Instagram is a great start, but it’s not enough. You also need a clear bio or information about yourself. One example of a real specific brief I have received recently was to find an Eora nation aboriginal female artist who specialises in traditional weaving. If you don't have this written down somewhere, how would I identify you as an option?
This is why it’s so important to have an online presence with clear specifications as to what you do and how you define or identify yourself.
Do a quick test - could you be found on Google if someone was looking for you?
- Google yourself - what does someone need to Google in order to find you - does your name return your website? Can you find you through other keywords?
- Have I invested in high quality photos of my work and myself and are they online - take an objective approach as if you were a stranger viewing your website - what impression would I get?
- Is my CV and bio up to date? - what kind of questions might a stranger have about me or my art? Are those questions answered in the copy on my site?
- Am I using Instagram to it’s full potential - what are other artists in my space doing, are there any artists out there that you could collaborate with or learn from?
A great example of an artists’ digital presence is Sydney based artist Joi Murugavell (a.k.a Oodlies) has a really well developed website, with lots of options related to working with her demonstrated on the menu bar across the top. She has lots of high quality images of her and her work, detailed biographical and other information, links to an up to date Instagram showing what she’s working on, and a clear way to contact her. Have a look at her website here - oodlies.com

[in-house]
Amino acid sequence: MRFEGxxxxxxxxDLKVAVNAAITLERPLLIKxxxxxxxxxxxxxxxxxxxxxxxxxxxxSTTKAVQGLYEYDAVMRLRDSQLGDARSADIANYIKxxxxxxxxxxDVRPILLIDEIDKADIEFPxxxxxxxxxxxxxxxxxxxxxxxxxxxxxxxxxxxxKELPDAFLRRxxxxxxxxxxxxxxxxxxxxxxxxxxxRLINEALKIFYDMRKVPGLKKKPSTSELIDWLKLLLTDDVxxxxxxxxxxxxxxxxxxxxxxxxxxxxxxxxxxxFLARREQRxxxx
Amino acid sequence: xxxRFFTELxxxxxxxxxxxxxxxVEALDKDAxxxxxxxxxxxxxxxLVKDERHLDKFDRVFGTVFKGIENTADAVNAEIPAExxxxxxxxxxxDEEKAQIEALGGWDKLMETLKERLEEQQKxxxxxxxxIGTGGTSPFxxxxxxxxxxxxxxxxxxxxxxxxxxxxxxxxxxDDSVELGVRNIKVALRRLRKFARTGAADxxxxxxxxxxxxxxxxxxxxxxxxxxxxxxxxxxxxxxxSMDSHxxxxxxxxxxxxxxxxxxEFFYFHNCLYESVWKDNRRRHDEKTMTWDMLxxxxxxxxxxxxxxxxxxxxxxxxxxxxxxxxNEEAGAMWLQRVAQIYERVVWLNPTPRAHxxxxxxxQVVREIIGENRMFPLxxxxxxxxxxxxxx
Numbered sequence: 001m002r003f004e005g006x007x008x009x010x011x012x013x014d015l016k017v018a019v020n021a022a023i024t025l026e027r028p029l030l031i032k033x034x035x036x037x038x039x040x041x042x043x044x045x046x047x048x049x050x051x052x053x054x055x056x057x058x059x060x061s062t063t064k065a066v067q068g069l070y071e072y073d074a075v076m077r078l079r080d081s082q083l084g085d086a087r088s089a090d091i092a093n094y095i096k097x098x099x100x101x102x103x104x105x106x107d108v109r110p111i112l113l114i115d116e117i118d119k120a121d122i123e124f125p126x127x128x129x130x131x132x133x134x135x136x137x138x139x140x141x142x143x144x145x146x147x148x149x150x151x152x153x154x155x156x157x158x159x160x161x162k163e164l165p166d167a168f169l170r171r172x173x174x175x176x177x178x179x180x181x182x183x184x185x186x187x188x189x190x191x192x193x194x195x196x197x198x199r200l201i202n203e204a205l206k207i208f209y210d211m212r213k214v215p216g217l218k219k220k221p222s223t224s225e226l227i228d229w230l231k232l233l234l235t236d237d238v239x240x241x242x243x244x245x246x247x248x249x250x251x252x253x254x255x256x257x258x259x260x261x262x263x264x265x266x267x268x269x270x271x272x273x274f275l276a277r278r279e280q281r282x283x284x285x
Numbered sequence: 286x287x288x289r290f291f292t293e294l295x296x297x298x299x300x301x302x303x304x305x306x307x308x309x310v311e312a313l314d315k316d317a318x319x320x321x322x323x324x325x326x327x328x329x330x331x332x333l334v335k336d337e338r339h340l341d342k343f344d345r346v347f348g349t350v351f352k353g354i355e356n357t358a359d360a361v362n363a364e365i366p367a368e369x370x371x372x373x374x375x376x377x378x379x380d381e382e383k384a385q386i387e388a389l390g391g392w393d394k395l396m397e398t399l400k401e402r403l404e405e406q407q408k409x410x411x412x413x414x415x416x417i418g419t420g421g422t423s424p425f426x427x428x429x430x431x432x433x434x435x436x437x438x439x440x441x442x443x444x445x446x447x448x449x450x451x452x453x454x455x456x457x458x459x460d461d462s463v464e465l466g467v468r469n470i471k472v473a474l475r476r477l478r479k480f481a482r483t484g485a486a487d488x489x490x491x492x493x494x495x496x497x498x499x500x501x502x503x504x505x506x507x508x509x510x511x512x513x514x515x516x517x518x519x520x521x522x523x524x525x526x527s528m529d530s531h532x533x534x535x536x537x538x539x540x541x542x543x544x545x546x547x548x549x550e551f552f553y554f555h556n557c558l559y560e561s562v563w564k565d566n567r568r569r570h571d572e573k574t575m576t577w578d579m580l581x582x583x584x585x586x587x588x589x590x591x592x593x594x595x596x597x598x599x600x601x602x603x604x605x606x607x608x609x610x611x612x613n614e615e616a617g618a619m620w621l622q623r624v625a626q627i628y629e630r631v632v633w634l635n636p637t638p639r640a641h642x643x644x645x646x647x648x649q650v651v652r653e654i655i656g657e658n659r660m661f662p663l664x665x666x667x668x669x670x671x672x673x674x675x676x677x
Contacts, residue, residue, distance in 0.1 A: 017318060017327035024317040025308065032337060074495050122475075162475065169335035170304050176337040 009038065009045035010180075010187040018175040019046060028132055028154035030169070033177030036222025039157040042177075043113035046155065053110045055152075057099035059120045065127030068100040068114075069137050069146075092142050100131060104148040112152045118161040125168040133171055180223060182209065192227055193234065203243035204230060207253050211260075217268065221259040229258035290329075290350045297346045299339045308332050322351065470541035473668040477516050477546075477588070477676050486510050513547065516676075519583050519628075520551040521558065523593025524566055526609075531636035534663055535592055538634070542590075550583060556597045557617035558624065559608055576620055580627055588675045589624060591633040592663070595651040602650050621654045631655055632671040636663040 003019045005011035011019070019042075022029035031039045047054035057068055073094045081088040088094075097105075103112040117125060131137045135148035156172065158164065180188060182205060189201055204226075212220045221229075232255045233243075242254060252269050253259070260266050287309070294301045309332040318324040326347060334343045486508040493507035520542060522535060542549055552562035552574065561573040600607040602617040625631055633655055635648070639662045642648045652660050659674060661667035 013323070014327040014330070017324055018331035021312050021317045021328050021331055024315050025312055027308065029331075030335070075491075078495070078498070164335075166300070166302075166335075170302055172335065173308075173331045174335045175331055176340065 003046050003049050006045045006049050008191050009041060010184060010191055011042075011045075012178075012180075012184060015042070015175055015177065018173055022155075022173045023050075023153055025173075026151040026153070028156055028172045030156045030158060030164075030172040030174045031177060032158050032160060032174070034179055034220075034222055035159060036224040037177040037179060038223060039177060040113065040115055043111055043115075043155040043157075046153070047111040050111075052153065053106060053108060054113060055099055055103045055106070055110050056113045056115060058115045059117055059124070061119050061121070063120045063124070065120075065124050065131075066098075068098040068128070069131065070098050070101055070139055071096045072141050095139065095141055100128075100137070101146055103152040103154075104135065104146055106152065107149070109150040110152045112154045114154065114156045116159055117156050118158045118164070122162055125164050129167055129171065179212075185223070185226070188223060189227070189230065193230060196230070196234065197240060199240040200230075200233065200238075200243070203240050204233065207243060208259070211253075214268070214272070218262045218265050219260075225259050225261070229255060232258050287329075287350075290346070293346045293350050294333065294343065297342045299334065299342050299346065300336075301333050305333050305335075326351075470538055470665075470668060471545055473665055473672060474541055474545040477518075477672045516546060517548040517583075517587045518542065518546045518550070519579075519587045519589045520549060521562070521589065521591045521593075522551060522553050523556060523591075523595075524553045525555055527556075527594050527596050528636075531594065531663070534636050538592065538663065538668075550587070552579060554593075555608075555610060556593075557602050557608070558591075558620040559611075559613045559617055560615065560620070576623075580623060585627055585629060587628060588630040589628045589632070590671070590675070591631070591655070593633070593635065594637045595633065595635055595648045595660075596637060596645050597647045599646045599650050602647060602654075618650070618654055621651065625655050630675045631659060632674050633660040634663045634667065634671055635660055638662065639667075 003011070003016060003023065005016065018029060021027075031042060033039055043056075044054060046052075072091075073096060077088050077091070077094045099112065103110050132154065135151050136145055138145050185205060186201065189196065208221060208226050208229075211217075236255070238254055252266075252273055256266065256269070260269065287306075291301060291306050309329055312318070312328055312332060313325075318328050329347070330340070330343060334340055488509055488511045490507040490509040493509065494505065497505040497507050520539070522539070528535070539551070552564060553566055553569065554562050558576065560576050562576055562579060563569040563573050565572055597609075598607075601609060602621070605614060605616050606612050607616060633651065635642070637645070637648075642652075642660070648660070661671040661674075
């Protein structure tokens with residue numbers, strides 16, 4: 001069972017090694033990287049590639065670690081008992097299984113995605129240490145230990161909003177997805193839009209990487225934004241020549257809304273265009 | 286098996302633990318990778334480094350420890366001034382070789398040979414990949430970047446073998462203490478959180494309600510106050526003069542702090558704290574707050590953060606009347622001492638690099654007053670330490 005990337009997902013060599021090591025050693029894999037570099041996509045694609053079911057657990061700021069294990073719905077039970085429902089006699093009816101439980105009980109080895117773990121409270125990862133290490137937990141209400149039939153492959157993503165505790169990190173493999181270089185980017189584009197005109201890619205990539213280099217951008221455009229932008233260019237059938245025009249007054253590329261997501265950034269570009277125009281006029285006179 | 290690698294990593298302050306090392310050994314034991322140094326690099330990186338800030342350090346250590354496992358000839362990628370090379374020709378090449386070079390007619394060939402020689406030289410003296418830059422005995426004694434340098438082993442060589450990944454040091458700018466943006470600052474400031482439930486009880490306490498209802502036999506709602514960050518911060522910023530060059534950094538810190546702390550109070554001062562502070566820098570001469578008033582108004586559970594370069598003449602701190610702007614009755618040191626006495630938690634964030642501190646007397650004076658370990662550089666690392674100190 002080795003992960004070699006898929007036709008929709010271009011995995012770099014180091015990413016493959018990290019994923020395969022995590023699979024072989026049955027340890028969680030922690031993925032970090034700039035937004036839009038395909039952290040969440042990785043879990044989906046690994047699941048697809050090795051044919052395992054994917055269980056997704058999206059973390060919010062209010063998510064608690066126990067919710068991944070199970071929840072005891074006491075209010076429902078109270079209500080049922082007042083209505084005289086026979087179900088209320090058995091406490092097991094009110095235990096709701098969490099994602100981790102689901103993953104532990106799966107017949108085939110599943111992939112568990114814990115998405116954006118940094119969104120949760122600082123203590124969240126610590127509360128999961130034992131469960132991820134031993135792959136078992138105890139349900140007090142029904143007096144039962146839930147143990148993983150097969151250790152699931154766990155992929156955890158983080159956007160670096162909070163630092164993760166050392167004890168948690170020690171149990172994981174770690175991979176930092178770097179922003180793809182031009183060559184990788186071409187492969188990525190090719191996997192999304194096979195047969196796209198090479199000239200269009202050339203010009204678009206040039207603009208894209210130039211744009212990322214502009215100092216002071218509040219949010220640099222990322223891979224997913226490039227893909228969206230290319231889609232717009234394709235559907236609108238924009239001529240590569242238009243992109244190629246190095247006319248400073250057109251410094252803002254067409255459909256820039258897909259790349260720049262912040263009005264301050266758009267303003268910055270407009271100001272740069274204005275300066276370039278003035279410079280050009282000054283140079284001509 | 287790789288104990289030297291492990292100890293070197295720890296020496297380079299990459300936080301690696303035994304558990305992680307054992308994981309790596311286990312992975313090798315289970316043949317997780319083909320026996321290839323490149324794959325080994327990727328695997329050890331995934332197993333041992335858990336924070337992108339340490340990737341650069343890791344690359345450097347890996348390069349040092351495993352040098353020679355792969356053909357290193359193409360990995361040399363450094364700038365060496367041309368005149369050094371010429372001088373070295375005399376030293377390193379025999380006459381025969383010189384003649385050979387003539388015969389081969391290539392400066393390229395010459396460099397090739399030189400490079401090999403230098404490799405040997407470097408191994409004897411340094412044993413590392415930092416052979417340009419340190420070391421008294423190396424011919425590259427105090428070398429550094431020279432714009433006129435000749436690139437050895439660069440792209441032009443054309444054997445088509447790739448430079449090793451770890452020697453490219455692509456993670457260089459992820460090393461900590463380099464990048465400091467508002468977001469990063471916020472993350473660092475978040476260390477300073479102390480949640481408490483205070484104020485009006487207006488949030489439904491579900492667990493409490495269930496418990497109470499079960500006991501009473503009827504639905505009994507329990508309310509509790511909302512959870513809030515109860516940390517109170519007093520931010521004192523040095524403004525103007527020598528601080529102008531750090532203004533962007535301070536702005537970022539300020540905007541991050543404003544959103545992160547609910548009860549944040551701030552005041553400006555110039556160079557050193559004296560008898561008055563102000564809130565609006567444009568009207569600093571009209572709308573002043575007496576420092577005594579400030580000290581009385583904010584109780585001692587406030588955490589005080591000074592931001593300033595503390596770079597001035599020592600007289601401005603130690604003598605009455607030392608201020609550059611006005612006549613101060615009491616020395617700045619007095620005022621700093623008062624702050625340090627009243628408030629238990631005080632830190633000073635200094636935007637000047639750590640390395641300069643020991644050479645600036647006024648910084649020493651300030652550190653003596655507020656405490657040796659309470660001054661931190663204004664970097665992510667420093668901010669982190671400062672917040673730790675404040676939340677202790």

What is your bread and butter in terms in earning an income from art? Be thinking constantly about how you can develop creative output that can be a steady stream of income (no matter how small). Although most artists would jump at the chance to do large, high profile commissions, those opportunities can be rare. But there are lots of other opportunities to make a living out of your creativity. That may come in the form of small ceramic items, or affordable prints, gift cards or design work. Two examples of artists that have diversified are Ellie Hannon and Gabby Malpas.
Diversify your output and your skills, so you can be flexible with clients and meet a range of criteria and demands during projects. Think of skills as tools in your box that you can apply to a range of projects. An online store is a great way to practice some new skills at a low cost while creating productive output. A range of skills also provides great opportunities for collaboration.